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AN EXPLANATION TO THOSE WHO HAVE PROBLEMS UNDERSTANDING HOW IT IS POSSIBLE TO MEASURE VARIABILITY OVER PROBABILITIES: Let two persons, A and B, play chess.

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Presentation on theme: "AN EXPLANATION TO THOSE WHO HAVE PROBLEMS UNDERSTANDING HOW IT IS POSSIBLE TO MEASURE VARIABILITY OVER PROBABILITIES: Let two persons, A and B, play chess."— Presentation transcript:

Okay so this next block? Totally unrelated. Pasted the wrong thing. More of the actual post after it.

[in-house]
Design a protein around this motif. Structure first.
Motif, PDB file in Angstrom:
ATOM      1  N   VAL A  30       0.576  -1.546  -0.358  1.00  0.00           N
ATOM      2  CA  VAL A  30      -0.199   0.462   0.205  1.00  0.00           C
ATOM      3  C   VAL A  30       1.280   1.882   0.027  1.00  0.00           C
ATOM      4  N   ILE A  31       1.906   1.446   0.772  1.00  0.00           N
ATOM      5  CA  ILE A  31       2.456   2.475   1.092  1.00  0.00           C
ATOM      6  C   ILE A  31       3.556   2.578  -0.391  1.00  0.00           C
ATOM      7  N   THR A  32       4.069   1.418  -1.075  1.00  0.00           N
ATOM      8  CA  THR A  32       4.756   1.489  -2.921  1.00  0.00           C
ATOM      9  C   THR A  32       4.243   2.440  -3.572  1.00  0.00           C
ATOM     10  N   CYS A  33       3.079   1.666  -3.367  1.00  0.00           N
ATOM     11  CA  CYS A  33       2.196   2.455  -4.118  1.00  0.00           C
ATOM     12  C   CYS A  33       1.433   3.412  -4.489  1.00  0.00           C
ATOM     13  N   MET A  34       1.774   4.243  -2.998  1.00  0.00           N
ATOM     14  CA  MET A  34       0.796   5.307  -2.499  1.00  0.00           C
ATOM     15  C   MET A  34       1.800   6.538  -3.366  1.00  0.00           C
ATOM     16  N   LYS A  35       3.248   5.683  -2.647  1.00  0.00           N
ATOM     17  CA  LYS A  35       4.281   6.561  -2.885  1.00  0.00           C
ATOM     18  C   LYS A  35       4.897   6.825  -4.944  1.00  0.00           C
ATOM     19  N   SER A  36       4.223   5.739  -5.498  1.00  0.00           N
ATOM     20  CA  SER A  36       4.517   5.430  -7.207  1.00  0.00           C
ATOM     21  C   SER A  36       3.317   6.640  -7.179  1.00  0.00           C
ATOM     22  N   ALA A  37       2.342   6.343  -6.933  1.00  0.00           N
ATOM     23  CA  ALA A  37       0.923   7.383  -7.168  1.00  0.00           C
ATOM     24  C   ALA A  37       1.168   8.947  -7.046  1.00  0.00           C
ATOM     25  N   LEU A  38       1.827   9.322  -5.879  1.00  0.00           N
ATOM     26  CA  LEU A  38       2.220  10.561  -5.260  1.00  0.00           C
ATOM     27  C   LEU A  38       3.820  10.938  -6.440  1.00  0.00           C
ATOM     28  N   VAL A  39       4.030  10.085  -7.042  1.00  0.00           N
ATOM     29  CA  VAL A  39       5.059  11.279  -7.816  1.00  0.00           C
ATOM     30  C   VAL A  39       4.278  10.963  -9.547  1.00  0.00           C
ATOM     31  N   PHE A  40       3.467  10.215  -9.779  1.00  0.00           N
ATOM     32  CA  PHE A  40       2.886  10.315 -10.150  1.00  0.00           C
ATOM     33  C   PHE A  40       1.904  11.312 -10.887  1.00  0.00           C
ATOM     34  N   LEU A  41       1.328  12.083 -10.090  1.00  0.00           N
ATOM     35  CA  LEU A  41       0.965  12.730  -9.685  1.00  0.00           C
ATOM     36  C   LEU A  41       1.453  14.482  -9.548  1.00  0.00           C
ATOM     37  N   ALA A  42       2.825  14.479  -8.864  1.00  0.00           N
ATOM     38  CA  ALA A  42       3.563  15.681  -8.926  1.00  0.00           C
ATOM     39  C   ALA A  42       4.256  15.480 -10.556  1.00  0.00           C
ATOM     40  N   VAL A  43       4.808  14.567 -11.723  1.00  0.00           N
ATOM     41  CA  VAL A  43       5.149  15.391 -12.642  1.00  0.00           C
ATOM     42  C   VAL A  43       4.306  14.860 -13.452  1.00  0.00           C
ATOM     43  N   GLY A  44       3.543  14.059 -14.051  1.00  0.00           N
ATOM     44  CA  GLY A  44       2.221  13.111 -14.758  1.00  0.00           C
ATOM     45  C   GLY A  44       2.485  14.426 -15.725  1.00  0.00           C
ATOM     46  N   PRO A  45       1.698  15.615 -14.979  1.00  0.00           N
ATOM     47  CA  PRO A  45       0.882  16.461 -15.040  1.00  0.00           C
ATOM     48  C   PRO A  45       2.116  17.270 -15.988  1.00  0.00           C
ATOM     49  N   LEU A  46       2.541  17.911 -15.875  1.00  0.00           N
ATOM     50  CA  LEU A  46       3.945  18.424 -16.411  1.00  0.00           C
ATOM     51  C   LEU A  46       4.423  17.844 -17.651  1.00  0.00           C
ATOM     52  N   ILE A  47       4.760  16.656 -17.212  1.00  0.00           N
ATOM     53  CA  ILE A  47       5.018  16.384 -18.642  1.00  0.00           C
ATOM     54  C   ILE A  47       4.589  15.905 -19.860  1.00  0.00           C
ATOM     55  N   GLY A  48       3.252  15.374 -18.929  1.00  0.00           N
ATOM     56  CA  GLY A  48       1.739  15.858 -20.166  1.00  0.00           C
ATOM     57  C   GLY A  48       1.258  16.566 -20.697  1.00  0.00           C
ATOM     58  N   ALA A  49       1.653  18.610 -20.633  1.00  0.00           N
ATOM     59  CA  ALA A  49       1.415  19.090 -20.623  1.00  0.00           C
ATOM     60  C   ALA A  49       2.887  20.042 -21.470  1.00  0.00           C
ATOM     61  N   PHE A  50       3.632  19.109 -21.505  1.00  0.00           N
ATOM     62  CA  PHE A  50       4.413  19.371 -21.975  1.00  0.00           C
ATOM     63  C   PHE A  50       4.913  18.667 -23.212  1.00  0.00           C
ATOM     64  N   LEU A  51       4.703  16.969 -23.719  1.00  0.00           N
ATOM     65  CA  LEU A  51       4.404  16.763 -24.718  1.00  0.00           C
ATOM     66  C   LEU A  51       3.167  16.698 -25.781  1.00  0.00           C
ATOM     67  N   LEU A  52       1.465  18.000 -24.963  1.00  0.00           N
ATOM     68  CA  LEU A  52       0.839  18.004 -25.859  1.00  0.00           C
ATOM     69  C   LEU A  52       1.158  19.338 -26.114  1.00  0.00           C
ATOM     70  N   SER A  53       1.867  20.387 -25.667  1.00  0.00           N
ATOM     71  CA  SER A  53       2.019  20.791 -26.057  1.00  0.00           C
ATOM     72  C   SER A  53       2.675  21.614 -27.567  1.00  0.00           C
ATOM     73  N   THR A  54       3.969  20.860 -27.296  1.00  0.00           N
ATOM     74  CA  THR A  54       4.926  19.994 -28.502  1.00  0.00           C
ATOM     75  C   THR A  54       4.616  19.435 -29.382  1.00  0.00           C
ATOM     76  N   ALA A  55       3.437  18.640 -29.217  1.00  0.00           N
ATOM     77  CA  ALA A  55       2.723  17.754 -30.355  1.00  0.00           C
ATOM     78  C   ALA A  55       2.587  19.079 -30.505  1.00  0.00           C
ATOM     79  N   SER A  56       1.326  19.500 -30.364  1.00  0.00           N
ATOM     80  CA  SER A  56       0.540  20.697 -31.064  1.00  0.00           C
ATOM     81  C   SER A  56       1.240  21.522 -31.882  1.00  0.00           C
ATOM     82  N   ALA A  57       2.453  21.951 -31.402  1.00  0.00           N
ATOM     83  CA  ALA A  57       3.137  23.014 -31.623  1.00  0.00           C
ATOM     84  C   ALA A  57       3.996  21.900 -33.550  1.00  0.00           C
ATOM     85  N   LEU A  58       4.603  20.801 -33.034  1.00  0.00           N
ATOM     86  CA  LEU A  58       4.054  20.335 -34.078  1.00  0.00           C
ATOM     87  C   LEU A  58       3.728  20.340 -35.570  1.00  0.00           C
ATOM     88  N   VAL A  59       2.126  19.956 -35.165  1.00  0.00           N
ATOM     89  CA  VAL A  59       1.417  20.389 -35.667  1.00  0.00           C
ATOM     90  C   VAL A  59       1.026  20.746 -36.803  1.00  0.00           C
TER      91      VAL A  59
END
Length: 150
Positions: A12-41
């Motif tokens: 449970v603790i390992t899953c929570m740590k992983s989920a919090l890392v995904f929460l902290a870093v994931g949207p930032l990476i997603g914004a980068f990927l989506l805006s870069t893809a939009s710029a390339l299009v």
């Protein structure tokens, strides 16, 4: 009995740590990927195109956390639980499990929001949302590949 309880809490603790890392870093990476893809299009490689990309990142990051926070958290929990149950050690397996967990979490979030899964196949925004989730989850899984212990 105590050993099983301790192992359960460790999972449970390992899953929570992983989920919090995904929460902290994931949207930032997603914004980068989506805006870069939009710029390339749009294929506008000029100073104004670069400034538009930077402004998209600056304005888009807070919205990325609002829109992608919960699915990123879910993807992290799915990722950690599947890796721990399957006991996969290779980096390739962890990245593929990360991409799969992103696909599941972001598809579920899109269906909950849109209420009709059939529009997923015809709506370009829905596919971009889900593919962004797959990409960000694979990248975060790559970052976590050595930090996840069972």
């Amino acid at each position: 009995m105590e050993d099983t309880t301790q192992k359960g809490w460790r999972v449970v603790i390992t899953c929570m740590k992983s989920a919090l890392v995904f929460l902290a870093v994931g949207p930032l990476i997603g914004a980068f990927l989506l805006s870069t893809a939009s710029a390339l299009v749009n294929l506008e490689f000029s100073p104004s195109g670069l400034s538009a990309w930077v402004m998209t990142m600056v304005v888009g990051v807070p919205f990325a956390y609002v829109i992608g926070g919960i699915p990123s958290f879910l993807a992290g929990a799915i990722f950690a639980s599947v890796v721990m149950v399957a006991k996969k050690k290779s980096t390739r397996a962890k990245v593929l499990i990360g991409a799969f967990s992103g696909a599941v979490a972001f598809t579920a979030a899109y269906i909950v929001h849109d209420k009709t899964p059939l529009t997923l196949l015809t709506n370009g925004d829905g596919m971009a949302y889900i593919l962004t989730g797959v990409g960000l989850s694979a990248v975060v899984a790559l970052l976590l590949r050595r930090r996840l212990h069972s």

1 AN EXPLANATION TO THOSE WHO HAVE PROBLEMS UNDERSTANDING HOW IT IS POSSIBLE TO MEASURE VARIABILITY OVER PROBABILITIES: Let two persons, A and B, play chess. Let us assume that in the long run A wins two games out of three (for simplification we ignore draws). Let player B arbitrarily take the role of the origin of our scale. We define - for the present - the basic unit of the scale as the difference between A and B, and therefore as the differences in the probability of winning (to simplify again, we ignore that the probability of winning is here reciprocal). Now let all people of a finite population play chess against each other and assume further that there is only one dimension involved in winning a chess game. Surely we will find a person C who wins two out of three games on the long run against player A. Now player C is again one unit or one level ‘better than’ player A and two units or levels better than player B. We can go on until there is a group of persons in which no one is able to win at least two out of three games against another member of this group of excellent chess players. On the other side of the dimension (our poor chess players), there may be a person D who loses two games out of three against player B. Here, too, we can go on as in the first case until there remains a group in which nobody wins two out of three games against another member of the group of poorest chess players. Because we have only a finite number of levels of ability, we are able to count them. This number is a simple index for the differences between people or their variability (Müller, 2001). We can apply the same scaling method for the same sample for another ability, say playing tennis. Again, we are able to count the levels of ability. Now, we can compare the number of levels of both abilities, because the basic unit of comparison is the same. Although there is no reason why a group of persons should not show the same variability in different abilities, it is quite improbable. THREE CONSEQUENCES FOR PERSONALITY PSYCHOLOGY I TEST/TRAIT DESCRIPTION: With the interpretation of Rasch variances as a standardized and comparable measure of variability, Rasch variances become a basic descriptive aspect about the measured trait. In Figure 4, the Rasch variances from two different psychological dimensions are given: (1) motivation, as measured by the the Multi-Motiv-Gitter (MMG, Schmalt, Sokolowski & Langens, 2000, N=205; r it =.81; number of items=47, reduced for comparison), and (2) an aspect of intelligence, as measured by the Standard Progressive Matrices (SPM, 2002, n=205, reduced for comparison from an N of 1500; r it =.83; number of items=47, reduced for comparison). The comparison of the estimated person parameter distributions shows that people differ more in a cognitive aspect of behaviour (RV=1.16) than in an motivational one (RV=0.82), which is highly significant with Bartlett’s test of homogeneity of variances (df = 1, chi = 12.03, p<.0005). FIGURE 4 Different rasch variances of the SPM and MMG II DIAGNOSTICS AND INTERPRETATION OF PERSON ABILITIES ON NORM SCALES. One purpose of testing is to locate the position of a person in a reference group. The distance from the mean should be expressed in comparable Rasch Units. Figure 5 illustrates two hypothetical psychological dimensions with different rasch variances. In the first case we assume that a test score lies, for example, in the last 5% of speech ability and similarly in the last 5% in the arithmetic ability. FIGURE 5 Influence of comparable rasch variances on diagnostic decisions. In the first case the deviation from the mean does not seem to be severe, because the test score is only two Rasch Units away from the mean of the reference group. But in the second case, the test score is four levels away from the mean. The measure of a person´s ability should therefore be stated not only in known standardized scores, but also in comparable Rasch Units. III A NEW WAY TO TEST CONVERGENT CONTENT VALIDITY Traditional methods of testing content and convergent validity are based on standardized score variance (Cronbach, 1951, 1971; MTMM, Campbell & Fiske, 1959). With comparable Rasch variances and the concept of representative item sampling out of the universe of a valid item population (Klauer, 1984; Fitzpatrick, 1983) content validity can also be tested by comparing Rasch variances from different tests over statistical tests of homogeneity of variances (Bartlett, 1954; for a further discussion on testing equivalent variances, see Olejnik & Algina, 1988). THE QUESTION: To date, the variances of two different measures used to measure a trait cannot be compared because a shared reference scale for both distributions is missing (see Figure 1). The basic assumption from Müller (2001) is that on different psychological dimensions, the degrees to which people differ on those dimensions are not the same. FIGURE 1 Two person-parameter distributions on an unknown shared scale THE PROBLEM: All common raw score transformations (sigma values, percent range, stanine, etc.) force any distribution to the same standardized variance (see Figure 2) FIGURE 2 Raw-score transformation to a standard distribution with fixed variance THE APPROACH: To solve the problem stated above, we have to assure that 2 assumptions are met: IAn interval scale within each person parameter scale (‚Within-Assumption‘) II An identical unit-definition to allow comparisons between person parameter scales (‚Between –Assumption‘) Müller (2001) found that these assumptions are met (see Figure 3) within the Rasch model (see equation 1). The basic idea is to interpret a Rasch Unit as a defined difference of probabilities of two persons solving a reference item. This is illustrated in Figure 3. The difference in solving an item coming from two person parameters stays constant if the item on which the comparison takes place moves in its difficulty with one of the person parameters. EQUATION 1 The Rasch variance RV (equation 2) could therefore be interpret as a standardized measure of the variability of person parameters. EQUATION 2[Rasch Units] FIGURE 3: Relationsship between the unit of the person parameter scale and constant differences in the probability of solving an reference item The Contribution of the Interpretation of Rasch Variance to Personality Psychology Dr. Jörg M. Müller Universität Tübingen (http://www.joergmmueller.de/default.htm)http://www.joergmmueller.de/default.htm SHARED SCALE Density Distribution of person parameters on psychological dimension I Distribution of person parameters on psychological dimension II Frequency Person Variability in Trait U Raws-scores in test A Frequency Person Variability in Trait V Raw-scores in test B RASCH UNITS or LEVELS OF ABILITY Density Distribution of person parameters in speech ability Distribution of person parameters in arithmetic ability DaDa MEAN DsDs INDIVIDUAL TESTSCORE OF PERSON IN SPEECH ABILITY INDIVIDUAL TESTSCORE IN ARITHMETIC person parameter probability of solving an item item i with  = 0  B  A item m with  = 1  C Difference between two persons in probability of solving an item with one Rasch Unit distance MMG SPM sigma-scores Density